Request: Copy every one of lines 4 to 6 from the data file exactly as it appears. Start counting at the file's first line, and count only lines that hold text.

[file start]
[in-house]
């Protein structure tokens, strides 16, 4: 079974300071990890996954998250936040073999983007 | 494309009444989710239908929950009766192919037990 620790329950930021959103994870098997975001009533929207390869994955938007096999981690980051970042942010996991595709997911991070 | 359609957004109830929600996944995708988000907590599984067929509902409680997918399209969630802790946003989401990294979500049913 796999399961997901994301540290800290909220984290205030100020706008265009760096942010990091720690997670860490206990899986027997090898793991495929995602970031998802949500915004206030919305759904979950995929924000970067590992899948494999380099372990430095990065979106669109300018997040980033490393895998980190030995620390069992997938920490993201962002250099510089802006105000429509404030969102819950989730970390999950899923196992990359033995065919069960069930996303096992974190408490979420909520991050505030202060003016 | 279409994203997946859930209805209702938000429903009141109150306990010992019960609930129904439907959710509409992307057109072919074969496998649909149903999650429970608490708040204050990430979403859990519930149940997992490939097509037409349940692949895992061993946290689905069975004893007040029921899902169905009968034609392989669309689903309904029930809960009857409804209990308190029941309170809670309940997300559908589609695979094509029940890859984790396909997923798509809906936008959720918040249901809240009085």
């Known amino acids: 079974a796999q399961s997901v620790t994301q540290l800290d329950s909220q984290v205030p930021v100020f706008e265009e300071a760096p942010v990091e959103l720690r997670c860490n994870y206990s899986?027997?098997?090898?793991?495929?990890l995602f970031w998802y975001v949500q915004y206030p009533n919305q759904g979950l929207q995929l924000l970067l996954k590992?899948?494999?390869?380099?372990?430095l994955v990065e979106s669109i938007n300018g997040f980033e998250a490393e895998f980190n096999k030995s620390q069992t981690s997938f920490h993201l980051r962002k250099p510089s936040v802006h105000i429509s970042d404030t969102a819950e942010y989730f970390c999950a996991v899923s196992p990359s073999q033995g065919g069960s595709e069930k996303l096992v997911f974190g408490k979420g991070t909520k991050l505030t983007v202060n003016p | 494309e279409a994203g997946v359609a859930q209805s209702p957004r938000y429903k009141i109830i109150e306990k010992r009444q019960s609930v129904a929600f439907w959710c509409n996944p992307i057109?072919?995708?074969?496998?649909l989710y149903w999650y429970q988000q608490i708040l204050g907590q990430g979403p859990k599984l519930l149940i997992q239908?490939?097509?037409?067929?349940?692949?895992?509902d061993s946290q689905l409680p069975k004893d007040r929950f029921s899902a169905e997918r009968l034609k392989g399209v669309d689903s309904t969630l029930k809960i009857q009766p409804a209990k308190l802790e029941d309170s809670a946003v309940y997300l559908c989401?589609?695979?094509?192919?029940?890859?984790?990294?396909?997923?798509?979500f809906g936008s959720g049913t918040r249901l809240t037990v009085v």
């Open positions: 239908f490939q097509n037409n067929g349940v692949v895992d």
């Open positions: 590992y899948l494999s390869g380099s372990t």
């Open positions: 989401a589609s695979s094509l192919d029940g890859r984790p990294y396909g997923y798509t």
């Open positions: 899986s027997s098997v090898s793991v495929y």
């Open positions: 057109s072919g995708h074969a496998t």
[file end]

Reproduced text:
């Open positions: 239908f490939q097509n037409n067929g349940v692949v895992d």
């Open positions: 590992y899948l494999s390869g380099s372990t």
């Open positions: 989401a589609s695979s094509l192919d029940g890859r984790p990294y396909g997923y798509t």